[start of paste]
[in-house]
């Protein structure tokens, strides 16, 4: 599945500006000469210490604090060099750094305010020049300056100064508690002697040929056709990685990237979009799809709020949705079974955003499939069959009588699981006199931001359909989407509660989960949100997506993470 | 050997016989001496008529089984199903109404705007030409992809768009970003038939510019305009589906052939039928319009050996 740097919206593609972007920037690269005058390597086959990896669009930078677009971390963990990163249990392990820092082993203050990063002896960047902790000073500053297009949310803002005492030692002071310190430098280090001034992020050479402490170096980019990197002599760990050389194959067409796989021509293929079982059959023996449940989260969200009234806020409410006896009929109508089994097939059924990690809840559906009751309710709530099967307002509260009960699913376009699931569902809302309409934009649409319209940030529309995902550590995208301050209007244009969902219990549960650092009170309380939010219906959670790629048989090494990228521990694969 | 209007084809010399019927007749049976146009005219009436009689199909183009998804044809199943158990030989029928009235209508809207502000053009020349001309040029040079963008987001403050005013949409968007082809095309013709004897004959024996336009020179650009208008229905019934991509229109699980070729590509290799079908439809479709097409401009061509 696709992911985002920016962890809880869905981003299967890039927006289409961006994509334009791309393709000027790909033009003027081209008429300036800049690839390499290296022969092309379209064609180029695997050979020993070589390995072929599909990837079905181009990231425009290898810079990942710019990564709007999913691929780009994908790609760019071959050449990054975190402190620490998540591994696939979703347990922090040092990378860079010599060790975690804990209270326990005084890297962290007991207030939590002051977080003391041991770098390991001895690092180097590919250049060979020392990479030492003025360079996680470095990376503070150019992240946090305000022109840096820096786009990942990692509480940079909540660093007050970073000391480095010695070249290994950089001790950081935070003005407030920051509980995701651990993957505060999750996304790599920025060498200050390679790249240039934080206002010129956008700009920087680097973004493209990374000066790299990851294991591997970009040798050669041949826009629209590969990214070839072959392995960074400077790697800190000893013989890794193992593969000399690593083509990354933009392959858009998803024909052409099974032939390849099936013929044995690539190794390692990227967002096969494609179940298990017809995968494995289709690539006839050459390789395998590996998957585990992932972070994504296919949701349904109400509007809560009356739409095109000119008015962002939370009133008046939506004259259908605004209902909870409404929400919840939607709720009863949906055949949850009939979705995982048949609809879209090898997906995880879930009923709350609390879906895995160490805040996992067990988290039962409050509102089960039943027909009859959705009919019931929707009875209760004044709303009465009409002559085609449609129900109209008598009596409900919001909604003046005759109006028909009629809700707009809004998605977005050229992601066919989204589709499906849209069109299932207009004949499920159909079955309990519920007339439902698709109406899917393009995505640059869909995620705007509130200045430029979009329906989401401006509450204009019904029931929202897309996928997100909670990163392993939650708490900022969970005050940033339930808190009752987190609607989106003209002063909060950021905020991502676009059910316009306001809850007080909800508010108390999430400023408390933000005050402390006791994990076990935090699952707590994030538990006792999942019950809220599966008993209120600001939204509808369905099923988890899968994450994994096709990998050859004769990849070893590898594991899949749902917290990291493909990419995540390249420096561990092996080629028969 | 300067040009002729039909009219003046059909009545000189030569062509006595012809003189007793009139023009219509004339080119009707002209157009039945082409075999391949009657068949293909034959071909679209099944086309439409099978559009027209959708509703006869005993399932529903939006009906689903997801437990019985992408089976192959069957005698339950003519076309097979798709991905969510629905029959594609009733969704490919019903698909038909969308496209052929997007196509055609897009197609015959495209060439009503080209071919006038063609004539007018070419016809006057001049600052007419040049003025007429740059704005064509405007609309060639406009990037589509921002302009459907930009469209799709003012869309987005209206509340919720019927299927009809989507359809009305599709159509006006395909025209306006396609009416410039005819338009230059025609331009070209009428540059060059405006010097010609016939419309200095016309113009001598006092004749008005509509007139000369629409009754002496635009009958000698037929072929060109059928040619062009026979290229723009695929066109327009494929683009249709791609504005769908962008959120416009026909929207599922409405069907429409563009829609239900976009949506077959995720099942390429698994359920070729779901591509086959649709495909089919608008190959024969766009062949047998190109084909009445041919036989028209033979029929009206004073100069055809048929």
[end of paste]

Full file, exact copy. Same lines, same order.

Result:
[in-house]
């Protein structure tokens, strides 16, 4: 599945500006000469210490604090060099750094305010020049300056100064508690002697040929056709990685990237979009799809709020949705079974955003499939069959009588699981006199931001359909989407509660989960949100997506993470 | 050997016989001496008529089984199903109404705007030409992809768009970003038939510019305009589906052939039928319009050996 740097919206593609972007920037690269005058390597086959990896669009930078677009971390963990990163249990392990820092082993203050990063002896960047902790000073500053297009949310803002005492030692002071310190430098280090001034992020050479402490170096980019990197002599760990050389194959067409796989021509293929079982059959023996449940989260969200009234806020409410006896009929109508089994097939059924990690809840559906009751309710709530099967307002509260009960699913376009699931569902809302309409934009649409319209940030529309995902550590995208301050209007244009969902219990549960650092009170309380939010219906959670790629048989090494990228521990694969 | 209007084809010399019927007749049976146009005219009436009689199909183009998804044809199943158990030989029928009235209508809207502000053009020349001309040029040079963008987001403050005013949409968007082809095309013709004897004959024996336009020179650009208008229905019934991509229109699980070729590509290799079908439809479709097409401009061509 696709992911985002920016962890809880869905981003299967890039927006289409961006994509334009791309393709000027790909033009003027081209008429300036800049690839390499290296022969092309379209064609180029695997050979020993070589390995072929599909990837079905181009990231425009290898810079990942710019990564709007999913691929780009994908790609760019071959050449990054975190402190620490998540591994696939979703347990922090040092990378860079010599060790975690804990209270326990005084890297962290007991207030939590002051977080003391041991770098390991001895690092180097590919250049060979020392990479030492003025360079996680470095990376503070150019992240946090305000022109840096820096786009990942990692509480940079909540660093007050970073000391480095010695070249290994950089001790950081935070003005407030920051509980995701651990993957505060999750996304790599920025060498200050390679790249240039934080206002010129956008700009920087680097973004493209990374000066790299990851294991591997970009040798050669041949826009629209590969990214070839072959392995960074400077790697800190000893013989890794193992593969000399690593083509990354933009392959858009998803024909052409099974032939390849099936013929044995690539190794390692990227967002096969494609179940298990017809995968494995289709690539006839050459390789395998590996998957585990992932972070994504296919949701349904109400509007809560009356739409095109000119008015962002939370009133008046939506004259259908605004209902909870409404929400919840939607709720009863949906055949949850009939979705995982048949609809879209090898997906995880879930009923709350609390879906895995160490805040996992067990988290039962409050509102089960039943027909009859959705009919019931929707009875209760004044709303009465009409002559085609449609129900109209008598009596409900919001909604003046005759109006028909009629809700707009809004998605977005050229992601066919989204589709499906849209069109299932207009004949499920159909079955309990519920007339439902698709109406899917393009995505640059869909995620705007509130200045430029979009329906989401401006509450204009019904029931929202897309996928997100909670990163392993939650708490900022969970005050940033339930808190009752987190609607989106003209002063909060950021905020991502676009059910316009306001809850007080909800508010108390999430400023408390933000005050402390006791994990076990935090699952707590994030538990006792999942019950809220599966008993209120600001939204509808369905099923988890899968994450994994096709990998050859004769990849070893590898594991899949749902917290990291493909990419995540390249420096561990092996080629028969 | 300067040009002729039909009219003046059909009545000189030569062509006595012809003189007793009139023009219509004339080119009707002209157009039945082409075999391949009657068949293909034959071909679209099944086309439409099978559009027209959708509703006869005993399932529903939006009906689903997801437990019985992408089976192959069957005698339950003519076309097979798709991905969510629905029959594609009733969704490919019903698909038909969308496209052929997007196509055609897009197609015959495209060439009503080209071919006038063609004539007018070419016809006057001049600052007419040049003025007429740059704005064509405007609309060639406009990037589509921002302009459907930009469209799709003012869309987005209206509340919720019927299927009809989507359809009305599709159509006006395909025209306006396609009416410039005819338009230059025609331009070209009428540059060059405006010097010609016939419309200095016309113009001598006092004749008005509509007139000369629409009754002496635009009958000698037929072929060109059928040619062009026979290229723009695929066109327009494929683009249709791609504005769908962008959120416009026909929207599922409405069907429409563009829609239900976009949506077959995720099942390429698994359920070729779901591509086959649709495909089919608008190959024969766009062949047998190109084909009445041919036989028209033979029929009206004073100069055809048929």